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© Xavier Arzola-Villegas/wikicommons
© Xavier Arzola-Villegas/wikicommons
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Life in Puerto Rico 5 Months After Hurricane Maria, A Firsthand Account

Picture of Kris Pethick
Updated: 16 February 2018
Five months after Hurricane Maria tore through the heart of the island – and the people – of Puerto Rico, the damage to the infrastructure, the toll on flora and fauna, and the effects on the Puerto Rican people are still very much evident. The entire island is in recovery, but it may take a couple of years to get back to where it was before the storm.
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Caguas after Hurricane Maria | © SC National Guard/flickr

This being a first-hand account of the conditions in Puerto Rico currently, it is only fair to say that I am originally from the state of Wisconsin in the United States and have been living in Cabo Rojo for almost two years. Prior to moving here, my husband and I had visited the island nine times. We have many friends and have traveled the entire island several times. We consider Puerto Rico our home and our island.

Hurricane Maria hit the island packing 155mph (250kph) winds that decimated much of the foliage over the entire island. Huge trees were uprooted while others were completely stripped of leaves. It looked a lot like Wisconsin in the winter other than the snow, of course. It is amazing how fast nature can recover from its own destruction. The island is a luscious green again and the trees are full and healthy. Other than a few remaining blue tarps, our neighborhood looks like there never was a storm. Flowers are in bloom. When driving around there is still evidence of the storm but the flora that survived the storm is once again in its full glory. Different parts of the island were affected differently. El Yunque National Rainforest is still closed to visitors because of the damage it sustained. There are some long-range effects that are still unknown. For example: our star fruit tree does not have many leaves but does have fruit, despite it not being the right time of year to have this fruit. Same with the quenepa tree. Fruit at the wrong time of the year. It has also rained more than usual this dry season.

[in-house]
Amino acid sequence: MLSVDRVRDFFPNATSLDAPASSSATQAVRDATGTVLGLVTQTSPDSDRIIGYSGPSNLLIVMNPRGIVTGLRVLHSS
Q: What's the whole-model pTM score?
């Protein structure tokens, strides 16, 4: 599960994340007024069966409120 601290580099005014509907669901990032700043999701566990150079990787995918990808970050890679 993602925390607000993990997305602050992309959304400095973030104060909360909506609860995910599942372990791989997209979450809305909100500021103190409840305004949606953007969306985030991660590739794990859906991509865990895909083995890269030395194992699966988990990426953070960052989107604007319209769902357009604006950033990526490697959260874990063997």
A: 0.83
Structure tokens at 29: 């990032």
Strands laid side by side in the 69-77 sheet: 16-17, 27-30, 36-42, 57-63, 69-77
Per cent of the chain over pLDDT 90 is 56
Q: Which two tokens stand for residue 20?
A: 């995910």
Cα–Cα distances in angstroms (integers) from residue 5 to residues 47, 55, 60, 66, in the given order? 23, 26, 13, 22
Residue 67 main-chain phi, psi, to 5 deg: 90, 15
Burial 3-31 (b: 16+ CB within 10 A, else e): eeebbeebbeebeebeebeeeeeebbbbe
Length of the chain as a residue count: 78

Culture Trip 009
Our carambola (star fruit) tree is struggling since the hurricane | © Kristine Pethick/flickr

Of course, beaches were hit hard by Maria. In some cases, as much as two feet of seaweed washed up on the beach. One beach we frequent had 3 large sailboats washed ashore. Almost immediately there was a call for volunteers to help with beach clean-up. We participated a couple of times and now, 5 months later, most beaches are getting back to their prior beauty.

There aren’t many animals running around Puerto Rico but there are a few noticeable effects from the storm. The island has a small endangered population of Puerto Rican parrots that lives only in the rainforest. Many of these were captured and protected from the storm. The rest of the birds disappeared. Some birds were located through their tracking device and were found deceased, others began returning to their habitat in El Yunque and continue to do so now, 5 months later. The rest of the birds have returned and are just fine. One must wonder where does a bird hide in 155 mph winds?